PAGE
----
October 5 – From battlefied to pulpit. Roll of Honour

On 5th Oct 1943, the Irish Brigade embarked on a “peaceful” Italian cruise from Barletta to Termoli where they landed under artillery fire – 61 days later, they would be relieved by Canadian forces at the Moro River. The veteran remembered today was awarded a Military Cross serving with Royal Irish Rifles. After the war he became a Presbyterian minister, serving in Randalstown and with other congregations. Photo – V Beach cemetery, Helles, Gallipoli.


1 Comment

  1. Of the three men who commanded the Faughs’ LCIs en route to Termoli, Lt Col Beauchamp Butler DSO, Major Paddy Proctor & Major Tommy Wood, none survived to see the relief of 78th Division by 1st Canadian Division before the Moro river crossing. Paddy Proctor earned the MC during the seizure of the San Giacomo ridge overlooking Termoli but was killed, as were all his platoon commanders, by a mortar bomb that fell among them as he held an O Group for the attack on the final ridge before San Salvo on the night of 27 October. It was on that same night that Beauchamp Butler was killed as he was encouraging his troops in the attack. Tommy Wood MC was killed during the crossing of the Feltrino river at the beginning of December.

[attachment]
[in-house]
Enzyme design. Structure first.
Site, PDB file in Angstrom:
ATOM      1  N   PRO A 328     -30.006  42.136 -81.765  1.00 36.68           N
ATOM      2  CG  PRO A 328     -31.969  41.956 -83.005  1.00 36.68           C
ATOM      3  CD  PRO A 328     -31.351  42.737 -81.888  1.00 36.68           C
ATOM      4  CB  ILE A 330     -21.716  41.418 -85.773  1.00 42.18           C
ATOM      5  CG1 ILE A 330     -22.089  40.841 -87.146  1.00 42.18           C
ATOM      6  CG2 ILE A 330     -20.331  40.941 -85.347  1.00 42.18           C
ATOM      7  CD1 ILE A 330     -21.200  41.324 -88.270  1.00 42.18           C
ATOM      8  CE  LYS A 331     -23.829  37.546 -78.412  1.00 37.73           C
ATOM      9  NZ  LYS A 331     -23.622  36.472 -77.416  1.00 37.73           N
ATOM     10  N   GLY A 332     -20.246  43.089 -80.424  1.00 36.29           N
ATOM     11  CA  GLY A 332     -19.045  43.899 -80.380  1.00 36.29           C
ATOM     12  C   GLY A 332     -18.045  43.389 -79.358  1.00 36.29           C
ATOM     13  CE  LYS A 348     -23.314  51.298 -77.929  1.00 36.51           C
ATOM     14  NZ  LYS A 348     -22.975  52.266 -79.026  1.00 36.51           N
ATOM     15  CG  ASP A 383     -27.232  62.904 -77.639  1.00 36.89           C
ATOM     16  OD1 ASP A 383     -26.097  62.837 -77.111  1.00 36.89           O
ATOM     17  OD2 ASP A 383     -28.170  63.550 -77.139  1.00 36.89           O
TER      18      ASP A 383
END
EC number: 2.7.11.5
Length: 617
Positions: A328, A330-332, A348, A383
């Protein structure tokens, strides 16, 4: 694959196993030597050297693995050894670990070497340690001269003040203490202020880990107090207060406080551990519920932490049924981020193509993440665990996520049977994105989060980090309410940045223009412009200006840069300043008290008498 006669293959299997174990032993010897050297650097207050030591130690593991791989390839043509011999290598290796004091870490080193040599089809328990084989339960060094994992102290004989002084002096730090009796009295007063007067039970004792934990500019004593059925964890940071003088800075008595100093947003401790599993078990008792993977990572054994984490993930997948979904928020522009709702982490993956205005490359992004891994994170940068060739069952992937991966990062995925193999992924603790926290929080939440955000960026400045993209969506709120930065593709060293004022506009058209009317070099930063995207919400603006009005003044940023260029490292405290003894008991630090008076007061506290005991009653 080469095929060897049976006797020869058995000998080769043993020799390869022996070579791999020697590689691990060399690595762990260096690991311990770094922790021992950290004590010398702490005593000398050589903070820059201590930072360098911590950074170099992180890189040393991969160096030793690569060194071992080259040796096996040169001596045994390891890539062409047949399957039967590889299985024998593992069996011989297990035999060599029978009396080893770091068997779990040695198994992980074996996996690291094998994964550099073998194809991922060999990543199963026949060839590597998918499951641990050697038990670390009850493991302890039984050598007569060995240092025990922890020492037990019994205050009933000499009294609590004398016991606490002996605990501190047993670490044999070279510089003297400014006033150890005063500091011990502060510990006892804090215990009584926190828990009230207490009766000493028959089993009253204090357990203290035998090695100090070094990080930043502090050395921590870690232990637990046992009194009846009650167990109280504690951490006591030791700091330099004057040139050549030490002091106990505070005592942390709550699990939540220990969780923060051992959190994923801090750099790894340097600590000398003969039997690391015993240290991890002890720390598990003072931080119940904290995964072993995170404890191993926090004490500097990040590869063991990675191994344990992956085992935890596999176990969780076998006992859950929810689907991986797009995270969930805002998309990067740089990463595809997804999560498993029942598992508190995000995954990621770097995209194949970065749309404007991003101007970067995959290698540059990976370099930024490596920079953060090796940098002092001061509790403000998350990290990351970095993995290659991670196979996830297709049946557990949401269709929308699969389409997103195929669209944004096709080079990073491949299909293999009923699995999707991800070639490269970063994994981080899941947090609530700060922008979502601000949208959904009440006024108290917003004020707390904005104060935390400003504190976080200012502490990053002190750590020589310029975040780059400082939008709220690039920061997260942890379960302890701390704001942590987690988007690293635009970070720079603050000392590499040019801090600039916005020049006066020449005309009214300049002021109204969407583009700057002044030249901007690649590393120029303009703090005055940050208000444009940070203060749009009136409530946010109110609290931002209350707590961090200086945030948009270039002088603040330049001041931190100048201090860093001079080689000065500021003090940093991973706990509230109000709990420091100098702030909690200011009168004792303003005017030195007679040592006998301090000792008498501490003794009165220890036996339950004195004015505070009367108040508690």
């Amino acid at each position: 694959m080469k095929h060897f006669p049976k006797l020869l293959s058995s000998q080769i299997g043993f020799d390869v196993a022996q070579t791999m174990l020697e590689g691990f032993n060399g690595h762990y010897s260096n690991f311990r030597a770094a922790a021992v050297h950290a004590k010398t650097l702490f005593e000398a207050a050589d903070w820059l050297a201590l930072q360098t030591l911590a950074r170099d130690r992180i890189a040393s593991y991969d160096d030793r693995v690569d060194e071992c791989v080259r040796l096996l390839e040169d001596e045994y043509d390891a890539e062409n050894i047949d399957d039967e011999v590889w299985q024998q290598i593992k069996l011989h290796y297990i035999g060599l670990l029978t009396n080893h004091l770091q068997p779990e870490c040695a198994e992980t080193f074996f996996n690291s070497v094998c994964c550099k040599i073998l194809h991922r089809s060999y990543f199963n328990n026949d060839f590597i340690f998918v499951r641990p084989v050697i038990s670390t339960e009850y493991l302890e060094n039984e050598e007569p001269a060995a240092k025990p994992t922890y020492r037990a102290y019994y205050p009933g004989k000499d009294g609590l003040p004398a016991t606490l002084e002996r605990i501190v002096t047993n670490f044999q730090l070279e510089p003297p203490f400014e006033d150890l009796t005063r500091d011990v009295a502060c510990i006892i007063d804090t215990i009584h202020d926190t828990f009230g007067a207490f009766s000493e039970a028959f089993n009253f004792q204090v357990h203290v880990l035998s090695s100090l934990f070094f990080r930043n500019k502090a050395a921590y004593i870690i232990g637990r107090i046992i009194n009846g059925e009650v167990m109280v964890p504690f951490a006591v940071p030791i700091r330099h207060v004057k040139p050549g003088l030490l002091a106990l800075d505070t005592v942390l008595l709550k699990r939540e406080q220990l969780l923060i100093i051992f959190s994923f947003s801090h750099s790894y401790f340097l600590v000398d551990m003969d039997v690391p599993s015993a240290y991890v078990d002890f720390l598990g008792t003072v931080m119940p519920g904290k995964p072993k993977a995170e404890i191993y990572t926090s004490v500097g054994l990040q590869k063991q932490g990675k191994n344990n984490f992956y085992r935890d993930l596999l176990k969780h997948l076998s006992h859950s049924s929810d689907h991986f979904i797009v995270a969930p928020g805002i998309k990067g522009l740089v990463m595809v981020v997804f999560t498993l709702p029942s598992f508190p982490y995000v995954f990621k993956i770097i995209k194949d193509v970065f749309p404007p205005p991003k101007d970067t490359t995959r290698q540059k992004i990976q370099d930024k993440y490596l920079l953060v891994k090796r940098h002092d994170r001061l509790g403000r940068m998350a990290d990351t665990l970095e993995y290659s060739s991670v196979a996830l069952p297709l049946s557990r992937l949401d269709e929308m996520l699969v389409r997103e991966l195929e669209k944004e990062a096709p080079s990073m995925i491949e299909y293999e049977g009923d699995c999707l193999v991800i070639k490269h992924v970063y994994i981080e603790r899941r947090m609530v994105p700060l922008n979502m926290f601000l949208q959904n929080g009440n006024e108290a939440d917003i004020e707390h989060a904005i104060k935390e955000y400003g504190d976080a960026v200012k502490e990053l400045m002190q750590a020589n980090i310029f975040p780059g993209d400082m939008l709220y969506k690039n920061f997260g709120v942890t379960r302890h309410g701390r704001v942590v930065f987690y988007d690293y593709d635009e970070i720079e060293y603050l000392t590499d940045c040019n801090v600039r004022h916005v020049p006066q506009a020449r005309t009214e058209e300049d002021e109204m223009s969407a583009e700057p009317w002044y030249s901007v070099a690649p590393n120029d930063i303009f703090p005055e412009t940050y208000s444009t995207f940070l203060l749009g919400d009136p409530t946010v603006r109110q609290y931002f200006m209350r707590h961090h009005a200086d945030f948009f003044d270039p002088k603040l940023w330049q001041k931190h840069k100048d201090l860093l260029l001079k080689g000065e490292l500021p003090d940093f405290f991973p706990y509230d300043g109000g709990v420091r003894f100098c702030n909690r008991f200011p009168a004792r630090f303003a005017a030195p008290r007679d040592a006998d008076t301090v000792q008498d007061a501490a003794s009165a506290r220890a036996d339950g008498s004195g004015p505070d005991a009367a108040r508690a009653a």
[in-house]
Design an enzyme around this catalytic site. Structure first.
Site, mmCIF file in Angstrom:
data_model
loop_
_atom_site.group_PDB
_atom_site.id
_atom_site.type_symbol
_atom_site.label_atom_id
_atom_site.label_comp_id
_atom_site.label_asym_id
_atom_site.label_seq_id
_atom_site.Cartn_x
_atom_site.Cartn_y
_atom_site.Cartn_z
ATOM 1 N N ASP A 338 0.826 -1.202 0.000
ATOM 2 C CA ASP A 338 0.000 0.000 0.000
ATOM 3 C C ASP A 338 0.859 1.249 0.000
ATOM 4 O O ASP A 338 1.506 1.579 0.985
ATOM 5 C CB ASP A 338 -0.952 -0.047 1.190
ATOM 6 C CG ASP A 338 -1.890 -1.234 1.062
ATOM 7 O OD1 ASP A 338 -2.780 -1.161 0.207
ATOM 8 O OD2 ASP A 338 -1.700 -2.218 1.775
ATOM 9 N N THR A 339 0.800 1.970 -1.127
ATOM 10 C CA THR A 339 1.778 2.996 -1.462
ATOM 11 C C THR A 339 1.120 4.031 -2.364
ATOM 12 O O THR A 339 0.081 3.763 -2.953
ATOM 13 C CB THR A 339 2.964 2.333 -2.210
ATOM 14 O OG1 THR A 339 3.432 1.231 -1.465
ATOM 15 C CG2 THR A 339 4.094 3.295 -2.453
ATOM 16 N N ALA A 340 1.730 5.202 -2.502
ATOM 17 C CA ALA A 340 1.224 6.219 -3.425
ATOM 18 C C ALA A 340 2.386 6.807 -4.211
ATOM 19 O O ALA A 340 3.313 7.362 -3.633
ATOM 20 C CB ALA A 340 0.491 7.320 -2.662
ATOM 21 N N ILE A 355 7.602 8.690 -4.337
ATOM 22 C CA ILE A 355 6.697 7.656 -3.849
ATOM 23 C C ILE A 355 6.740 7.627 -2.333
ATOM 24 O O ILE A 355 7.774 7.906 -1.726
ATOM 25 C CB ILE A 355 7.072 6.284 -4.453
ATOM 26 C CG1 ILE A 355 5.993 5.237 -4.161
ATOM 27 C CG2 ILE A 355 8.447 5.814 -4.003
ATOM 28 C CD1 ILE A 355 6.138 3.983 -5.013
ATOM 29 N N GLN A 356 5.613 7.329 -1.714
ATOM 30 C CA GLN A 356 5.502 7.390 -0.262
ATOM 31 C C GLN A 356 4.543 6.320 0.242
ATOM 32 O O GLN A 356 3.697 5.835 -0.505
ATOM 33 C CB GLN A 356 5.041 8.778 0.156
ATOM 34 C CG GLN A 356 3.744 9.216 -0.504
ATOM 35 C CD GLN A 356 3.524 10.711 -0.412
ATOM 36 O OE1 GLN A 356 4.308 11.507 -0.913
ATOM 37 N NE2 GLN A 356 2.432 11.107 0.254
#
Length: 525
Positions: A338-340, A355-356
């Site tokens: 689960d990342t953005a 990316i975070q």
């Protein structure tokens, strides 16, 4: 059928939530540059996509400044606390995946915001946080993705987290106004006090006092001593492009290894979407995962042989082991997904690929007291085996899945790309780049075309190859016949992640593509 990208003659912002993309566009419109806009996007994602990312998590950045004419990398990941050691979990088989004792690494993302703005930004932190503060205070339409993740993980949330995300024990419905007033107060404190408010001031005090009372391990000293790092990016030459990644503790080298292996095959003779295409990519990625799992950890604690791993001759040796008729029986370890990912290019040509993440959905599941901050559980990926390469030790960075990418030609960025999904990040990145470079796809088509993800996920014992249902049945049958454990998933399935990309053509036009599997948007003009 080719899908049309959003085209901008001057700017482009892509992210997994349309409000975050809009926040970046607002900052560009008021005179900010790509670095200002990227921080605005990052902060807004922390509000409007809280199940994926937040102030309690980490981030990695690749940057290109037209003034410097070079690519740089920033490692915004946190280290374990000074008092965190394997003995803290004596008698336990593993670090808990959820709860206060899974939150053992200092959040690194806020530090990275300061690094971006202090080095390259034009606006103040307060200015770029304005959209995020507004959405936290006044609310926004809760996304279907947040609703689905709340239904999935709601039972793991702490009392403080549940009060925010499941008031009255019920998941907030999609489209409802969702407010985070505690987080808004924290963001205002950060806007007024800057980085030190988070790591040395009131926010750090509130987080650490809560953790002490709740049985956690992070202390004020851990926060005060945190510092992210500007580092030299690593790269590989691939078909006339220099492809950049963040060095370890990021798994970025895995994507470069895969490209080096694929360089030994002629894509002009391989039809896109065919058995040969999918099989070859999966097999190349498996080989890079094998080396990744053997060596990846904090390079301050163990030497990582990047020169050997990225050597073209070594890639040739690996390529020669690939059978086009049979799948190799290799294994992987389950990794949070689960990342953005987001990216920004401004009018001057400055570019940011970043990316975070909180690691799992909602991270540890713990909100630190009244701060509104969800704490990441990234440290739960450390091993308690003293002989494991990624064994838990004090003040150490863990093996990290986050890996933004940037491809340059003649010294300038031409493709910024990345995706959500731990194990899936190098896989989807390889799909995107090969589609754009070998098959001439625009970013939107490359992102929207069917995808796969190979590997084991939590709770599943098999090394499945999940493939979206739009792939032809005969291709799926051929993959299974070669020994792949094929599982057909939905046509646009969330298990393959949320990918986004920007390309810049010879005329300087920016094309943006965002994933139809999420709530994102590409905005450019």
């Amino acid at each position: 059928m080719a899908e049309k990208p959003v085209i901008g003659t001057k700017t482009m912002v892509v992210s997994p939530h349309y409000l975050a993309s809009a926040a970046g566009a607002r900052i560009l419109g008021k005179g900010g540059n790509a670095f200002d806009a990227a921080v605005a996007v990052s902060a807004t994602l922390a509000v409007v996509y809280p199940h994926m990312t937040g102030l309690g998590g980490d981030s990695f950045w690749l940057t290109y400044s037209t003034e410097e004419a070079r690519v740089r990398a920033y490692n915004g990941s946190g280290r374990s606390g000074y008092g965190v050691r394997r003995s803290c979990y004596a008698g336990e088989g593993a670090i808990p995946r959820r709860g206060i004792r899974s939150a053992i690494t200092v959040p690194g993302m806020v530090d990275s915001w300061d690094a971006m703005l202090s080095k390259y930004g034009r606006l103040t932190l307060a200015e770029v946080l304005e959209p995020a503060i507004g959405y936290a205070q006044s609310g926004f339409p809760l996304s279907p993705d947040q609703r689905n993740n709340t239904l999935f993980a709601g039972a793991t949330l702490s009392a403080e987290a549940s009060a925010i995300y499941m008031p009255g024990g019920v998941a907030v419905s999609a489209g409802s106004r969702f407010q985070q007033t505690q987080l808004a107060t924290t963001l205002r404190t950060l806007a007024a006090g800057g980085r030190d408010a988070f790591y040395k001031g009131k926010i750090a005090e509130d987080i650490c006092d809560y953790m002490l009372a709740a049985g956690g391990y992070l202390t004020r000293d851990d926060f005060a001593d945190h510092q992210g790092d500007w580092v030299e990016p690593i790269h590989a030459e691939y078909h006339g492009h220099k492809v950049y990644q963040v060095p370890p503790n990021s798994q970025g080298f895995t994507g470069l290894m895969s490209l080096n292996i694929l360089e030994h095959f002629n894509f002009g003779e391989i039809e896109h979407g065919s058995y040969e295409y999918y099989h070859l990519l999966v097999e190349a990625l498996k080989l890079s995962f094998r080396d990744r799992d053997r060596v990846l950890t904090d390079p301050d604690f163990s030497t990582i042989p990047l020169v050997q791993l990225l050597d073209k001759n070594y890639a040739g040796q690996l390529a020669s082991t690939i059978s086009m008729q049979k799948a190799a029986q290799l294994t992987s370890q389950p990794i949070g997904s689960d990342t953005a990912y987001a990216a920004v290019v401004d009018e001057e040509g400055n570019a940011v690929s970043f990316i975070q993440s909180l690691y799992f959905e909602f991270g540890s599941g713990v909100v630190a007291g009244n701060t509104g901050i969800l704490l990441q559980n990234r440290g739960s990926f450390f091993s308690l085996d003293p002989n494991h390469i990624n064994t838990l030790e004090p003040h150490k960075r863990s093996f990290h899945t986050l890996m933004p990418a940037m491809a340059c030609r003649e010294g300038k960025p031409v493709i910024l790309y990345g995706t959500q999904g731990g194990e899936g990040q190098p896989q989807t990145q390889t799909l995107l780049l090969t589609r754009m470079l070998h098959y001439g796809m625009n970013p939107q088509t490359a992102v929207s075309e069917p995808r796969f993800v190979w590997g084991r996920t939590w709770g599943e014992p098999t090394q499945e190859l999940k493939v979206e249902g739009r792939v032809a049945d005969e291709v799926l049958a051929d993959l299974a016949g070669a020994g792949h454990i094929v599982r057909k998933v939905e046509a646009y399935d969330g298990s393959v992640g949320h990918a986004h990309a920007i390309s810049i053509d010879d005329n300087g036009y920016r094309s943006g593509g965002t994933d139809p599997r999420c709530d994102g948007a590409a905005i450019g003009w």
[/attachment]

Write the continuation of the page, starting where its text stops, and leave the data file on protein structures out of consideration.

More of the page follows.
Beauchamp Butler, commissioned in the Royal Inniskilling Fusiliers, was married in Clogher Cathedral before the war. He was described by Brigadier Nelson Russell, commanding the Irish Brigade, as ‘one of the best commanding officers’ the Faughs had ever had. The level of that compliment may be gauged by the fact that Nelson Russell was also a Faugh.


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